There is an independent process at work in our mind that forms at least part of the foundation upon which perception, cognition, and comprehension are organised. The truth is photography is not just a hobby or career, it is and always has been a universal visual language which opens new and interesting dialogues that touch on deep subconscious emotions that talking alone sometimes can’t reach.
Phototherapy can deepen and enhance insight, understanding, and relationships with others, in ways that words alone cannot do. Not limited to paper, phototherapy techniques can be used with any photographic imagery--including digital/electronic formats, and films.
Examples of Phototherapy Techniques Used In Therapy
Use of Photographs as a Medium for Exploring Your Perception, Values and Expectations
The projection technique of phototherapy includes the active and passive aspects of projecting, decoding and reconstruction of the emotional contents of a photograph, enabling you to construct the meaning and feelings you feel that the certain photograph or scene reflects. They do not have to be photographs of people, but can be photographs of nature, animals and other things that the individual identifies with on a symbolic level.
Every time we step into interaction with a photograph, look at it or talk about it with others, we create its meaning. The meanings we find and the emotions that flow over us when we look at a certain photograph are our unique perception and are not necessarily harmonised with what the person who took the photograph wanted to say.
Since there is, therefore, no wrong way to interpret a photograph and since every answer is correct, the projection technique is an efficient tool to strengthen us and develop sources of self-awareness and self-esteem. This kind of awareness enables you to learn about yourself and the aspects we usually disregard or at least do not explore.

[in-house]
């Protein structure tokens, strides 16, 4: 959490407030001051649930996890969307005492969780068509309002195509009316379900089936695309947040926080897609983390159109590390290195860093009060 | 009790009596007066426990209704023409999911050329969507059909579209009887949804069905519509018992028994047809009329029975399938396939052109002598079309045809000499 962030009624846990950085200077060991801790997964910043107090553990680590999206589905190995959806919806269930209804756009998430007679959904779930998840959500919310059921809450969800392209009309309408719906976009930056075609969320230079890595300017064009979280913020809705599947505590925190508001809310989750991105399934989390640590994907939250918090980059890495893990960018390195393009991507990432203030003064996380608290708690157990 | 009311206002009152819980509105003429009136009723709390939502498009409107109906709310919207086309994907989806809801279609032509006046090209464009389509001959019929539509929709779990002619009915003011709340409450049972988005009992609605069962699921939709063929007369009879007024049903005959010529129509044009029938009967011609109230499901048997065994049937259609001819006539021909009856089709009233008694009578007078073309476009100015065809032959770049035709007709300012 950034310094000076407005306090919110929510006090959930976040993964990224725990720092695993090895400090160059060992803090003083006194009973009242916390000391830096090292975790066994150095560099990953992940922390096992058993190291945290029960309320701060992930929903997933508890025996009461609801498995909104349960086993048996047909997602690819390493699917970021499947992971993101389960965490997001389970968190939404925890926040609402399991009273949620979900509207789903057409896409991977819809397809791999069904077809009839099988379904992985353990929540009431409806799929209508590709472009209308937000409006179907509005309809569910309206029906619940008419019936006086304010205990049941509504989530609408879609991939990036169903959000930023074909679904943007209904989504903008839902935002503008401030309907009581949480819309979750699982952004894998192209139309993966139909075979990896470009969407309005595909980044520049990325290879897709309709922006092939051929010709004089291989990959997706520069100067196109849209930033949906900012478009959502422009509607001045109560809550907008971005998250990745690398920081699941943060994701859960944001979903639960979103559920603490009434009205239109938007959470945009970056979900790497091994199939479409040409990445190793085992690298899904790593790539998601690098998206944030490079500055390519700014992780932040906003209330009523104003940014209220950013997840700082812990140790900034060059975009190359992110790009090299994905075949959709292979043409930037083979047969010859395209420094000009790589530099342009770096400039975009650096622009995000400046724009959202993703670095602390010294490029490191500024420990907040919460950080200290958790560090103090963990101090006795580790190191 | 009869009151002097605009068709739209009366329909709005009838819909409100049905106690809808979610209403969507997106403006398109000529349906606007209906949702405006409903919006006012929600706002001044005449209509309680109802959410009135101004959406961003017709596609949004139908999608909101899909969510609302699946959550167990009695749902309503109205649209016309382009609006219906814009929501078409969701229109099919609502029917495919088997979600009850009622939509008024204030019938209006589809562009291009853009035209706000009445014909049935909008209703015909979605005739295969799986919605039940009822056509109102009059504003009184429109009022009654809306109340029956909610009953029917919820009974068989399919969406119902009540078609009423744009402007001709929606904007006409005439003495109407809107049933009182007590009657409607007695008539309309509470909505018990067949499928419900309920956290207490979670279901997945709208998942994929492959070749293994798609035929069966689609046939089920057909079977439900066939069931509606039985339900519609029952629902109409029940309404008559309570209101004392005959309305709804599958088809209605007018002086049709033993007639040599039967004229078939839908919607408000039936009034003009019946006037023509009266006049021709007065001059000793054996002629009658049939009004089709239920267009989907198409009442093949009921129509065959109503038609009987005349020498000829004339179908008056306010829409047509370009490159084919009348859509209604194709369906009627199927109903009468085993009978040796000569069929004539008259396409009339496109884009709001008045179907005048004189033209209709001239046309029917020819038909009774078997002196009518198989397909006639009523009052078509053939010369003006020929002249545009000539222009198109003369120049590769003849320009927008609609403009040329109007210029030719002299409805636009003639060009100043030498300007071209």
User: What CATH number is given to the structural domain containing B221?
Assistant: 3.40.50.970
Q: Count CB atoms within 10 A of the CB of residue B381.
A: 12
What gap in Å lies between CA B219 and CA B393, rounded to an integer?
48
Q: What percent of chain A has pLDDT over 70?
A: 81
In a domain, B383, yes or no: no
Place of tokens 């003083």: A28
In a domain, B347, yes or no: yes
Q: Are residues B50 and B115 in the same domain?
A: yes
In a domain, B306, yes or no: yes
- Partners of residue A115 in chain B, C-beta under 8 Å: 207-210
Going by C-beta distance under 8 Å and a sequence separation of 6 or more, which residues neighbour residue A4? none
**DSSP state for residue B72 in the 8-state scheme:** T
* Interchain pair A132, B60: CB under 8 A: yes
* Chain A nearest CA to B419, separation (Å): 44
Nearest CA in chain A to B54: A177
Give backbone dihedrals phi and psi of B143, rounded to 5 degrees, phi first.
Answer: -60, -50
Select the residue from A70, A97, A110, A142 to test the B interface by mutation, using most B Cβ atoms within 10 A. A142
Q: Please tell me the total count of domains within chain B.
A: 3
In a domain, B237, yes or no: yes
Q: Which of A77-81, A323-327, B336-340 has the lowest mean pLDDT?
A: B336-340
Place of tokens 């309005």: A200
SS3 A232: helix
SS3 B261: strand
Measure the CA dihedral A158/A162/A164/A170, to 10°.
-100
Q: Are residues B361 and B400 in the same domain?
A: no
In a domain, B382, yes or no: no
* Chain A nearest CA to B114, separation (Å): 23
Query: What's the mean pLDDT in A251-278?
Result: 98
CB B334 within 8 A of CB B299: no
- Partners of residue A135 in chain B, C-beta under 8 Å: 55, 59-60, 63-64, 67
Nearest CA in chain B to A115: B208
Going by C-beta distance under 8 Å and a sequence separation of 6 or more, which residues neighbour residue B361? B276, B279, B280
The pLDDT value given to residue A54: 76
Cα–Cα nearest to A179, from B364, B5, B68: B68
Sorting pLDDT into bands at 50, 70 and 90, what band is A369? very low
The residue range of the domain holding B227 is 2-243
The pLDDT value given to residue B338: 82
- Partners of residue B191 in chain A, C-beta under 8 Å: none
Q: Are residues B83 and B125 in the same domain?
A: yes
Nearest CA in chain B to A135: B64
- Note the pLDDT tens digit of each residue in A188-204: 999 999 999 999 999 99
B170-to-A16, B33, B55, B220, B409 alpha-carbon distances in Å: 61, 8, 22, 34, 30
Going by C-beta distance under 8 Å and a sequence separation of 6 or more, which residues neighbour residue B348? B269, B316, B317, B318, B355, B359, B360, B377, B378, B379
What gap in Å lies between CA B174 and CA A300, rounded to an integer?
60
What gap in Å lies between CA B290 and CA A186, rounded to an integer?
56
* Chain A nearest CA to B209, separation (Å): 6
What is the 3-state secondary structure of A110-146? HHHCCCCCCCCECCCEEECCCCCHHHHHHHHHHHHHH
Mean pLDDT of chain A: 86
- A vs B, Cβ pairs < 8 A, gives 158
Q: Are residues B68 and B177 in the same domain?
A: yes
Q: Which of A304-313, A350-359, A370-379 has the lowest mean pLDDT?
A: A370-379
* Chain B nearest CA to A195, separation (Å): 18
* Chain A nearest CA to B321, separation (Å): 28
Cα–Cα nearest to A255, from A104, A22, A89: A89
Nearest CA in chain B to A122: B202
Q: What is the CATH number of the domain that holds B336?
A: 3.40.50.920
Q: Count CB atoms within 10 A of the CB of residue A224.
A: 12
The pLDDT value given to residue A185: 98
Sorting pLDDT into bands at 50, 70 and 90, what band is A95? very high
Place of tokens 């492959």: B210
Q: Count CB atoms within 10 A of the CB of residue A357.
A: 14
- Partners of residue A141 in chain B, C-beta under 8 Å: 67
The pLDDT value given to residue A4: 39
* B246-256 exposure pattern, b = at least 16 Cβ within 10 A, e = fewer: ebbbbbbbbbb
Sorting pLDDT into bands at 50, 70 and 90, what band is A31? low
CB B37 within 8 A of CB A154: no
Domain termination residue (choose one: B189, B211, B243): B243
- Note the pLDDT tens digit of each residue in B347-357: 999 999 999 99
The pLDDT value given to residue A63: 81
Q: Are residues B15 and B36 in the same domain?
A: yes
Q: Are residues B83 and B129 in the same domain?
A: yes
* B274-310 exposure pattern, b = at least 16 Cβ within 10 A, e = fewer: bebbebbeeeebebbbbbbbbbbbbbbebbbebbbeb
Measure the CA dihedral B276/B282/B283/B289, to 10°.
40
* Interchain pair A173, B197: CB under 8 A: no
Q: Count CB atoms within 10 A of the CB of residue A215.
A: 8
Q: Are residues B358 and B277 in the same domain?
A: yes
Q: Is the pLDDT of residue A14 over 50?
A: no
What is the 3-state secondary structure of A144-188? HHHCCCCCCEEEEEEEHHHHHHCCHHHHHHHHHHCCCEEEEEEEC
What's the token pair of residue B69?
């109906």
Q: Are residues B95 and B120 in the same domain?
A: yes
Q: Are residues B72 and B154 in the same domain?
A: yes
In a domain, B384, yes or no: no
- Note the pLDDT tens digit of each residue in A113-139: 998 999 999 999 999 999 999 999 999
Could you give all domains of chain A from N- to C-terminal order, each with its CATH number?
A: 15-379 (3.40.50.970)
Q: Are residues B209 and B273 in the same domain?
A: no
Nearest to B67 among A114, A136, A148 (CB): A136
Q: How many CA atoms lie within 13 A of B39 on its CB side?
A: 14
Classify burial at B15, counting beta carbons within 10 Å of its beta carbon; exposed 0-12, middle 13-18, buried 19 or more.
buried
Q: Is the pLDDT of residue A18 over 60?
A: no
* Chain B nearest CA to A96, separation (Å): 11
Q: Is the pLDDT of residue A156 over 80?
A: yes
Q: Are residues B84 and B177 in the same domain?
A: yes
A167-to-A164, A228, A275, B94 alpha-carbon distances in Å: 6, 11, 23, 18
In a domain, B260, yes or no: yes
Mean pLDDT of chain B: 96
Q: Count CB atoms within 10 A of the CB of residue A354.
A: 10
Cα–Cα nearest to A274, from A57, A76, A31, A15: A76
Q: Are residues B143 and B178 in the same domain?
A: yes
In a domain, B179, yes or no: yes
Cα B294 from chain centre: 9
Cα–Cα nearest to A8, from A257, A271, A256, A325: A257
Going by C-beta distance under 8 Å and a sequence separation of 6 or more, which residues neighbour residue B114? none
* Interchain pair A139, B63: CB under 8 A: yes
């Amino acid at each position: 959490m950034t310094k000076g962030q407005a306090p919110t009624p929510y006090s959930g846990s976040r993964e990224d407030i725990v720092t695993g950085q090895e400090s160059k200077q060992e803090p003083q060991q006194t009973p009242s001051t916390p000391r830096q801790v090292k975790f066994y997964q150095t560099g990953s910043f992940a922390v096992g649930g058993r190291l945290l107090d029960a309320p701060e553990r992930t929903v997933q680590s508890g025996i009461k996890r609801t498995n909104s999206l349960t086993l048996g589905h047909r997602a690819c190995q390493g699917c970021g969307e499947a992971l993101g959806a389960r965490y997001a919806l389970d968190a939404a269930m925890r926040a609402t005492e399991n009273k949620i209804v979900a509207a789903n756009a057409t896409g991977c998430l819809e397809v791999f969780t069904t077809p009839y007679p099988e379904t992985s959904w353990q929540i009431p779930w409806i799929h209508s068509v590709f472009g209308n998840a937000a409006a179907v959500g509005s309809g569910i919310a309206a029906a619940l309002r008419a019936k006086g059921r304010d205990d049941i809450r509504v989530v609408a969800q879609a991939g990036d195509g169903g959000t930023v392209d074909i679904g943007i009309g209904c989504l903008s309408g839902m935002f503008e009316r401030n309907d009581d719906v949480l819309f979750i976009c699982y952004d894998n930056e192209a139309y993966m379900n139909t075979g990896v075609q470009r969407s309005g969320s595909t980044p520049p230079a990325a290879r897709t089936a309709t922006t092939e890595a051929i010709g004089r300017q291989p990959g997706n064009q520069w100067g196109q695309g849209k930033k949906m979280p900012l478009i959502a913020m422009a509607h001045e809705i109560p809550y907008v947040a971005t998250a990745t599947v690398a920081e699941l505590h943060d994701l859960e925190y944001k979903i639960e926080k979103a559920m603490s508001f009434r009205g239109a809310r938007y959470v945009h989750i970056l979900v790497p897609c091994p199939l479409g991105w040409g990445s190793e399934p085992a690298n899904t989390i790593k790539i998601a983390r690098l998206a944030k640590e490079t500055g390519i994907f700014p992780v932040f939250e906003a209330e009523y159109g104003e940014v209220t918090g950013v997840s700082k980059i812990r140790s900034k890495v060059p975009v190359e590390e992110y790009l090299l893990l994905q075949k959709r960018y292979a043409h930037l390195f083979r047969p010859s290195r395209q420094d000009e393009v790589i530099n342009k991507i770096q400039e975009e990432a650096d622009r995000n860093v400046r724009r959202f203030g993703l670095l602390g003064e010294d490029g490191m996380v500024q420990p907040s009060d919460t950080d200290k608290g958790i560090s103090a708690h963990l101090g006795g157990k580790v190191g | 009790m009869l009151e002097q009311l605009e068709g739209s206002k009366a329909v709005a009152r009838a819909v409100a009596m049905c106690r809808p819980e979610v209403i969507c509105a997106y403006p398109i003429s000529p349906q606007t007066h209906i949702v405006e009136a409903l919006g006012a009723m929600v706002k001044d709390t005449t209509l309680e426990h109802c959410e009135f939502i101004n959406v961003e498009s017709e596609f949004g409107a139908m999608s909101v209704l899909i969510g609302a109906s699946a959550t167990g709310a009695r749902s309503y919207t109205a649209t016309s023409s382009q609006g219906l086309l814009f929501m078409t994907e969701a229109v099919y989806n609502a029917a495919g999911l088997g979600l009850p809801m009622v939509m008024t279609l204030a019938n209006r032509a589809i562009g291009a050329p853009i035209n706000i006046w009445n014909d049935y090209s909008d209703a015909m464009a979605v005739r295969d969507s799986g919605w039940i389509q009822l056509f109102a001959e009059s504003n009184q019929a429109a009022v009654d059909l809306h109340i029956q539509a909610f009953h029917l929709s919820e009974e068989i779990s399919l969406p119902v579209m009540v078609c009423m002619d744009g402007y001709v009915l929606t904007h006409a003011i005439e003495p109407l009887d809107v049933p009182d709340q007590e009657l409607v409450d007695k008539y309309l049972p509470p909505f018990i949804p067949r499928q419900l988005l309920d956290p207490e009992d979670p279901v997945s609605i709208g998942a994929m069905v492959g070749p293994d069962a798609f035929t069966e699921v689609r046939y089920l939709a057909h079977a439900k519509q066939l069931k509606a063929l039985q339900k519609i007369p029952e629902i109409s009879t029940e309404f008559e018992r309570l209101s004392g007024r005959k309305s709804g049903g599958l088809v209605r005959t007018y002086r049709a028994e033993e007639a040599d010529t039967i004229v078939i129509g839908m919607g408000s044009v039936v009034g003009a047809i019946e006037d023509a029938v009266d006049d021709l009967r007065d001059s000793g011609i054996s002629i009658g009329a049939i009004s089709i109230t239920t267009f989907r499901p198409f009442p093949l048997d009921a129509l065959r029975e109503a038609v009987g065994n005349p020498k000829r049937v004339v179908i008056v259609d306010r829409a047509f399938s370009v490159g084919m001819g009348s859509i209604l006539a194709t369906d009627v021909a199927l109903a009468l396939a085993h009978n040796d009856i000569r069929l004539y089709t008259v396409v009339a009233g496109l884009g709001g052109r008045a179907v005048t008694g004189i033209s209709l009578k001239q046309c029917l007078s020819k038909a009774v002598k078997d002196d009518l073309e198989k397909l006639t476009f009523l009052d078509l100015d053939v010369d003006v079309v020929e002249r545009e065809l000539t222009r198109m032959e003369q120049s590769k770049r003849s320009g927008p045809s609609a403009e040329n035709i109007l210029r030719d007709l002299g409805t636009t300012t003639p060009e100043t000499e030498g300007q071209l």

Use of Photographs as a Medium of Self-exploration Through Metaphors
The photographs we create or collect are a sort of extension of ourselves, personal constructions of reality in their deepest sense, for they reflect our unique personality. The photographs we create are equal to the ones we collect and keep, such as photographs from magazines and calendars, for every one of those is important for us in a way because we have attached meaning to it.
Everything that you share with others about the content of the photograph, about the circumstances in which it was taken has a certain meaning for you. You can explore and open a number of themes; explore your inner self no one else knows and helps you to visualise the change you want to achieve.
Taking photographs can improve your self-image, help set goals, future desired outcomes, and is at the same time a way to introduce changes into a relationship, explore fantasies and test different forms of communication and the consequences that this brings along.
Family Albums and Autobiographic Collections
Use of Photography as a Medium for Exploration of Photographic Collections
The photographs collected in family albums and other biographical photographs are a special field of phototherapy. The technique that includes family photographs has to do with an individual’s self, which is constructed through the individual’s family, your roots, background, surroundings and social environment and patterns, messages and convictions that have been passed on through generations.
Family albums build a pattern we can explore through non-verbal expression of family ties, interpersonal dynamics and sources of power.
Since these are photographs and not paintings, you unconsciously apply to them a reality that a painted portrait does not contain. We look at photographs from the past as true proof of what life was like in those times, because we forget they reflect family identity.
Shorted and edited version of techniques of Phototherapy by Judy Weiser